A second function room in saffron yellow, great imitation Ming vases filled with jasmine, ylang ylang, and lilies right next to shameless shaker pots stuffed full of imported American roses.

A pause to shake the great man’s hand then onwards to the piece de resistence.

A perfect antique vermilion lacquered box into made dining room.

A jewelled chamber of glistening red walls.

At its centre, beneath a glittering crystal chandelier, a rosewood oval table.

On the table sit solid amber place settings while to all sides it is surrounded by fine chairs polished in resins that smell purposefully of vanilla.

Inviting you to sit with a hand that slices air made thick with clouds of smoked bezoin and more cloves, the Ambassador, carnation in buttonhole, clears his throat, prepares to speak.

But she never took her seat at the Ambassador’s table, never dined in her dining room.

Her cultural attaché, so it turned out, came from a culture of casual violence and even more casual sex.

A divorce.

Everything settled six months before the dust sheets could come off the jade, willow pattern blue, saffron and vermilion rooms.

A return home and a career to support her new daughter.

What could be more respectable than a small town grade school teacher with an uncommonly beautifully decorated home?

Her manicured and painted hands close the black gloss, hard covered album and returns it to its own red lacquered box.

She reads from the exercise book before her, scribbled in childish hand:

‘This summer I went to China….’

Cinnabar is the common ore of mercury.

Beautiful and toxic.

Perhaps this is why at Estee Lauder counters they keep this object of a certain striking beauty hidden from sight.

For there seems no logical reason to conceal this warm, generous and welcoming pseudo-oriental scent.

Yes it is a version of China about as real as the model factories and swarms of smiling children Pat Nixon met in 1973, but this perfume knows that it is half way to being propaganda and for that reason never takes itself too seriously.

A bright and cheery, flag waving entrance of citrus leads swiftly to an “hallway of the people” with a determinedly spicy architecture. Here, structural elements of near sanitary cloves and almost strident cinnamon ensure that other softer elements do not sag.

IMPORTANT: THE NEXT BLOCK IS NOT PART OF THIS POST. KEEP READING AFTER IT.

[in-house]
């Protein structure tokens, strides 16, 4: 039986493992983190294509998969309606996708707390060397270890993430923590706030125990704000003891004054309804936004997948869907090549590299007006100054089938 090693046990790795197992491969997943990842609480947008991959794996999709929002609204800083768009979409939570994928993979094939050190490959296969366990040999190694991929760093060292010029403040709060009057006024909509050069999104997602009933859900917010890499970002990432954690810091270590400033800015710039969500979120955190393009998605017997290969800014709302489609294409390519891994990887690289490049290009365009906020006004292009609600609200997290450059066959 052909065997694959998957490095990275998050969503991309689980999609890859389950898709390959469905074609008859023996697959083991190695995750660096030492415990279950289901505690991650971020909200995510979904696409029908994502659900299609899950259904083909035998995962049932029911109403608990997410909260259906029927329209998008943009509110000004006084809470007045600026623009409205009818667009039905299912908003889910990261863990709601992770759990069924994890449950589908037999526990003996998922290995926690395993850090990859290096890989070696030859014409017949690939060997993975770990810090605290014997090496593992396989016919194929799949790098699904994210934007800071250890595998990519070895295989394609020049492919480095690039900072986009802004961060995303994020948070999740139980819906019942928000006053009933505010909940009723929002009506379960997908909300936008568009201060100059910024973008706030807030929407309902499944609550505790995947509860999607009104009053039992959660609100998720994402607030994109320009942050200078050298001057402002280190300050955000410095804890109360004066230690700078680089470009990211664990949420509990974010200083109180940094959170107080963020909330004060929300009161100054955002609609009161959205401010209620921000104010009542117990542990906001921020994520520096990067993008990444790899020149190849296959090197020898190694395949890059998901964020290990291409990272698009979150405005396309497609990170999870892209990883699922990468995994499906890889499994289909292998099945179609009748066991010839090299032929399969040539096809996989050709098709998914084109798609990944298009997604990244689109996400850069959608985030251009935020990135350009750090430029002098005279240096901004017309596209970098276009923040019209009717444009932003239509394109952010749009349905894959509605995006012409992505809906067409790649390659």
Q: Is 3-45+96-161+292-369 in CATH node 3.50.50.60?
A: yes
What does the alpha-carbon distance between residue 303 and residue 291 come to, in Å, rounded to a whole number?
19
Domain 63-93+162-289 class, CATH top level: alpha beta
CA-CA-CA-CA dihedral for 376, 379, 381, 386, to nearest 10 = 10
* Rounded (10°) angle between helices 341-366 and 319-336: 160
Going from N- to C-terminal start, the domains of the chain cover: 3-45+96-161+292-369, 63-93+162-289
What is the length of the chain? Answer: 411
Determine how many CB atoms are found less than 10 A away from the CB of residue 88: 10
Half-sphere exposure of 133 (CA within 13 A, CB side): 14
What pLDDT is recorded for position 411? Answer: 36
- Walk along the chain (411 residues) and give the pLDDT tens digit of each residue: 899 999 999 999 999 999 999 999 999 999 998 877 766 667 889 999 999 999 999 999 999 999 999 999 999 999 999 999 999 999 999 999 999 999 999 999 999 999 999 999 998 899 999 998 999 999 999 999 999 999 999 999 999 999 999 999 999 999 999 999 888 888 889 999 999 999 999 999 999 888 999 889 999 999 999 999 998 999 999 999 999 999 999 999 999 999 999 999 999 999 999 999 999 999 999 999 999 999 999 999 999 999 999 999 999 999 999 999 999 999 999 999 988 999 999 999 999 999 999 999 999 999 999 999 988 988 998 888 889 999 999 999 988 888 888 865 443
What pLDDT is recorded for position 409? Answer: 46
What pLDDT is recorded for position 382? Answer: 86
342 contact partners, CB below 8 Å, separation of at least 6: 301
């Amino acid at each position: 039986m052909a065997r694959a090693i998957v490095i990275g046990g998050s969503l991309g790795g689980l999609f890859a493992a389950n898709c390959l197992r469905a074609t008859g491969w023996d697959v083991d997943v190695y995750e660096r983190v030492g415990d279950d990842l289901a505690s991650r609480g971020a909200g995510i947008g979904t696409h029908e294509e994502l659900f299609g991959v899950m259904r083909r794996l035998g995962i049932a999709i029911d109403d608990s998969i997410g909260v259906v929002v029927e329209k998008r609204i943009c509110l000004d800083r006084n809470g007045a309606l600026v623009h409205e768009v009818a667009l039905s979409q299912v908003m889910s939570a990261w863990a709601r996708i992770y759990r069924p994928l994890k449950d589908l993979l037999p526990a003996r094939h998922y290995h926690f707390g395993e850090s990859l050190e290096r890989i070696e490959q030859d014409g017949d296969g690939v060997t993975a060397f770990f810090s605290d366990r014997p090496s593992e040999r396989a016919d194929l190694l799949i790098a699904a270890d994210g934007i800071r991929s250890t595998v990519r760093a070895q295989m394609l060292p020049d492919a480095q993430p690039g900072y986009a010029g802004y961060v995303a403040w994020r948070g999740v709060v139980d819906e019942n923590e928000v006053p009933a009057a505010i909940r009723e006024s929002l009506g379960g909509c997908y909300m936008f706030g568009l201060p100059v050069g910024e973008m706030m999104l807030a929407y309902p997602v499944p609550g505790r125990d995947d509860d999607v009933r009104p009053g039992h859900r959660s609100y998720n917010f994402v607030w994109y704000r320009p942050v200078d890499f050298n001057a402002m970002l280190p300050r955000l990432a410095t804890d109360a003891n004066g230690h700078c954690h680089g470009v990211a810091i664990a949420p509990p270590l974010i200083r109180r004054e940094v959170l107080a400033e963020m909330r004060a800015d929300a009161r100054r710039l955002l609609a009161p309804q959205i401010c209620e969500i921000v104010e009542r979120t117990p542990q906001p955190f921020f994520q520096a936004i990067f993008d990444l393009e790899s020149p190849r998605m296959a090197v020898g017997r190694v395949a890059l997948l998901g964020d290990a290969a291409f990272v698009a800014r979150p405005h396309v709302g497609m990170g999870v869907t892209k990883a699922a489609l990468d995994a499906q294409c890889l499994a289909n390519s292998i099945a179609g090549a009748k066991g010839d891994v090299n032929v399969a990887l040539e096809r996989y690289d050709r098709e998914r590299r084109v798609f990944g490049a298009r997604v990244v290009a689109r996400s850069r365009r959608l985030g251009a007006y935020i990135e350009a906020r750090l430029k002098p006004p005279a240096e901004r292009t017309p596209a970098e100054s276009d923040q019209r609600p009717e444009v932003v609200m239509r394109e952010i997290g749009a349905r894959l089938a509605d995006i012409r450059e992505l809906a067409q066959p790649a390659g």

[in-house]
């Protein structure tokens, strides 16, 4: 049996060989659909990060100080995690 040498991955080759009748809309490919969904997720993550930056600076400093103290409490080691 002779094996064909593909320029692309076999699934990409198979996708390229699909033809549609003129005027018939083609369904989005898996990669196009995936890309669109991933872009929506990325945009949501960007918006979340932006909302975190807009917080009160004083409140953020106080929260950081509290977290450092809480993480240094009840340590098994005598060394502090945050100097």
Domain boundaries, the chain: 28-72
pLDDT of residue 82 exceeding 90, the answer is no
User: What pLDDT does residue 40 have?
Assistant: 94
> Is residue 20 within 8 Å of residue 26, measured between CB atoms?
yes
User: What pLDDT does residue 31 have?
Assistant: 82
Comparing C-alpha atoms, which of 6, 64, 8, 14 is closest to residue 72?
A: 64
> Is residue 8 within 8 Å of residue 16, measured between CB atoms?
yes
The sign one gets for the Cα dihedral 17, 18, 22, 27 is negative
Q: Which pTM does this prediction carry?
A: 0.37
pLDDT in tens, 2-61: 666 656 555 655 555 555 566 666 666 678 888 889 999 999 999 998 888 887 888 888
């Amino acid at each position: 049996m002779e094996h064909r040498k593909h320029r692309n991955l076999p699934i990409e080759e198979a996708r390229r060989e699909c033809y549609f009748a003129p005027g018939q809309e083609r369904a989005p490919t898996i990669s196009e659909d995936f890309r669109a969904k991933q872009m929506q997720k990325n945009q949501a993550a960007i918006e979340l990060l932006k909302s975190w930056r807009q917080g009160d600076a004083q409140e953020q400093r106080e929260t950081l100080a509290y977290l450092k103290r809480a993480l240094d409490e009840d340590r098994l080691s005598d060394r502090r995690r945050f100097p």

Thus, when incense and vanilla and florals and bezoin come wafting through their route is defined and directed and a brisk and clear order to the whole assembly is maintained, as though some benign school ma’am were keeping a watchful eye over the proceedings.

Perhaps this is where it all went wrong for Cinnabar: where other perfumes of this genre let it all, and then more, far much too much more, hang out, it kept its nerve and retained its composure.

At the time that might have felt a little too tight lipped, severe even.

Looking back it seems, just like Cinnabar itself: an act of unwaivering poise and impeccable judgement.

Is this a role suitable for a man?

Things have moved on and today there are such things as diplomats’ husbands I believe…

Yours ever

The Perfumed Dandy.

The Perfumed Dandy


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The Oil in the Alabaster Box : A guest post and a simply splendid Friday giveaway!

Alabaster Box

Dear Friends

This may come as a surprise to you, but there is something in the world that The Perfumed Dandy actually prefers to perfume (I can hear the shocked gasps from here) and that thing is people.

I take the greatest pleasure in the in all the good folks that I come across in this scented world and take many of them to be my friends.

It is therefore with the most enormous happiness that I am able to collaborate with a select number of these new friends from across the world to bring you not only a perfectly excellent guest post but also the opportunity to win a tenderly hand-crafted gift…

So dearhearts, today we take a fragrant journey back in time with the charming Jordan River from The Fragrant Man.

I will allow our guide to explain all…

Brie in New York has made some spikenard foot oil especially for this post.

If you would like to encounter this scent and look after your own or your loved one’s feet please leave a comment or like The Dandy’s site on Facebook.

The gift recipient will be announced on Easter Sunday and mailed to you the following Tuesday.

Spikenard or nard originates in India and Nepal, high in the Himalayas.

The root of the plant is the source for one of the rarest and most precious oils.

Brie would like to say that she is not a professional perfumer. This is an interest for her.

She blends with the best of intentions, carefully choosing oils for their healing properties as well as for the enjoyment of smelling.

Brie goes on to remark that spikenard is quite tenacious and challenging to work with as in her experience it takes over the blend (similar to tea tree oil).

Are you spending too much on perfume? Here is a scented tale for you.

The Oil in the Alabaster Box

There are many faiths in this world. There are also many myths and legends.

It’s up to you to find the truth on your fragrant journey.